10 things to learn about... Visas

10 things to learn about... Company Formation Tax Compliance Hiring Influencers, Affiliates and Contractors Immigration Implements Civil Partnerships and Unions Dependant Visa Procedures What are Trade Marks Opening a Bank Account in Hong Kong and When This Is Difficult

Our article series of '10 things to learn about...' continues with questions about visas in Hong Kong. 



1. What Visa schemes are available and what are the difference between Employment visa and Investment visa and others?
A: There are eight admission schemes for talent, professionals and entrepreneurs seeking to work and live in Hong Kong, namely Employment Visa for professionals, Visa for business investors and entrepreneurs, Mainland China talents and professionals, Quality Migrants, Technology Talent, Non-local Graduates, Second Generation Permanent Residents, and Dependants. Additionally there are visas to study, for training, i.e. student interns, and working holiday visas.


2. Can I bring my family?
A: Yes, persons admitted under the General Employment Policy, i.e, holding a visa for employment or as entrepreneurs can bring their spouses and unmarried children under the age of 18 as dependants. Spouses refers to married partners under Hong Kong or overseas law and celebrated civil partnerships or unions that are recognized by law in the place where they have been entered into. Read more on civil partnerships here.

3. Is there a visa for job seekers?
A: An application for an employment visa requires a confirmed offer of employment. Thus, it is not suitable for jobseekers. The Quality Migrant Admission Scheme (QMAS), however, is solely based on individual merits and does not require an employment. 

4. What are the criteria and requirements for a visa application?
A: The basic eligibility criteria are that the applicant is of good standing, ie. there is no security objection and no known record of serious crime, has a good academic background, normally a first degree in the relevant field, proven professional abilities and relevant experience, there is a genuine job vacancy that cannot be readily taken up by the local work force and the applicant has a confirmed offer of employment at a remuneration package broadly commensurate with the prevailing market level for such professionals in Hong Kong. For a preliminary review of your merits, contact us.

5. Which visa is the best?
A: The best visa is the one that is most suitable to the circumstances. 

6. How long is the visa processing time?
A: For an employment visa, the estimated timeframe is eight weeks to compile the application and for the immigration department to assess. Additional time may be required where supporting documents are not readily available or in cases where the immigration department seeks further clarification.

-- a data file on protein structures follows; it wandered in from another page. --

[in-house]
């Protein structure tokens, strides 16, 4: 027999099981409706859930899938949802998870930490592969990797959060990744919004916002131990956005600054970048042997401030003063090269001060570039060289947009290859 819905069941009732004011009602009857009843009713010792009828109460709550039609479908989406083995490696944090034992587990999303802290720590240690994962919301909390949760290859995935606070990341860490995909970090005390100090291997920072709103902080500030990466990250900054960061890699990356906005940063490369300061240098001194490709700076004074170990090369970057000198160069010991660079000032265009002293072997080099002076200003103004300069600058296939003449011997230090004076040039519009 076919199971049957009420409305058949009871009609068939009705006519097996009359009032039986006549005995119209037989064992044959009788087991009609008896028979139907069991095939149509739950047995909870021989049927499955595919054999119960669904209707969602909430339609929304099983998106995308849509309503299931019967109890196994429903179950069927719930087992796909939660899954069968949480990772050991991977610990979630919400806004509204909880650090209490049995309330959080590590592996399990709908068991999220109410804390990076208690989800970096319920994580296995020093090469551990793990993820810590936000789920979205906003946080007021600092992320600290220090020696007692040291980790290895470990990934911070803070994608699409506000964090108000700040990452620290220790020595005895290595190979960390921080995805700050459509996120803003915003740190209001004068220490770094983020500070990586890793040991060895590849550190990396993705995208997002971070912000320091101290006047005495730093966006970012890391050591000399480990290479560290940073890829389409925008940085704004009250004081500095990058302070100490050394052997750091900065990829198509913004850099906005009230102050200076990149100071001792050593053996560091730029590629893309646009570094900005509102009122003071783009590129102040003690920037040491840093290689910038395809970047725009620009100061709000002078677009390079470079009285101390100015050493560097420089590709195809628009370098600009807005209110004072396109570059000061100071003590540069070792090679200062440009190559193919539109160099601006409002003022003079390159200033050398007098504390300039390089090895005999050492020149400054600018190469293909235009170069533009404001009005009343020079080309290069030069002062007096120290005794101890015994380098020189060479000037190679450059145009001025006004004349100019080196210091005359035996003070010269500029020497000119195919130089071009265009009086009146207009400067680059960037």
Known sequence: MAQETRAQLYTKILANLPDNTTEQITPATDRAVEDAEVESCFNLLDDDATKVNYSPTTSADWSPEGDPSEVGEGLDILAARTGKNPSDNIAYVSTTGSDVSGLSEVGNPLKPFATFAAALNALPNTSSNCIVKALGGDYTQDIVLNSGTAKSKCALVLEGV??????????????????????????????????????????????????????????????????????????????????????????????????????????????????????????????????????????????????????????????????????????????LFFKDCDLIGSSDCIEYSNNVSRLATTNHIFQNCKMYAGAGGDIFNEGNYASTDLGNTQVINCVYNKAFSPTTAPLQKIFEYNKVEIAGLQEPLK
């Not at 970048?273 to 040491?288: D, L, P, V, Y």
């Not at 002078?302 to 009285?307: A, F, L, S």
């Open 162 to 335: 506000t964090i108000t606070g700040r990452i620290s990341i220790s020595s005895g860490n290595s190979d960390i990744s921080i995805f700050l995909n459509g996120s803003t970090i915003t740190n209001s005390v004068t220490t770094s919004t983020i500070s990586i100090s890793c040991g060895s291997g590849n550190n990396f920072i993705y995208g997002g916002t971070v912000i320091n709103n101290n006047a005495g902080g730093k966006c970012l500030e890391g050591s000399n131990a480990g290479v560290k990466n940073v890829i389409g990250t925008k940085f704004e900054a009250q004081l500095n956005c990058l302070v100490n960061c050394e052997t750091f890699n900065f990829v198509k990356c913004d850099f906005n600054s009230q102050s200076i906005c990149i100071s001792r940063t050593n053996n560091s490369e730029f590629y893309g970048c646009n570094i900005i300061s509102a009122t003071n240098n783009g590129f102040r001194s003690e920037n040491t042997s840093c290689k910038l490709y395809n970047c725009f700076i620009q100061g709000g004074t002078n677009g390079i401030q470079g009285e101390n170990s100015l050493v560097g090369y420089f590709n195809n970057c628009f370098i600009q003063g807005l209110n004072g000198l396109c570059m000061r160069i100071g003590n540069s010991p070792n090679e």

7. How much money is required to sponsor a visa application by my company? 
A: There is not one figure that is right or wrong. The company sponsoring an application or an entrepreneur establishing a business should be able to show sufficient funds to sustain and remain operational. As a rule of thumb, there should be enough funds to cover the increase in expenses from the foreign hire or to establish a business for a period of six to twelve months.

8. Can I work in China with a Hong Kong Visa?
A: No. Hong Kong and Mainland China a separate under the one country – two systems policy. Hong Kong is a Special Administrative Region and administers its own immigration policy. Applications to work and reside in China must be filed with the applicable Chinese authorities. For assistance to apply for a China visa in Hong Kong, contact us.

9. When can I get Permanent Residency?
A: The prerequisite of applying for the right of abode or permanent residency in Hong Kong requires a continuous stay of at least seven years. 

10. What happens if I lose my job or resign and do I have to leave Hong Kong?
A: When an employment relationship is terminated, irrespective of the reason or terminating party, the employing company should inform the immigration department of the cessation of sponsorship. It is the general policy of the immigration department not to cancel or revoke visas. Thus, the visa holder may remain in Hong Kong for the remaining duration of the visa. Subject to additional conditions of stay, employment visa holders will need to seek the immigration department’s approval should they wish to work for another company. When your visa expires or your employer changes, you should apply for an extension of stay.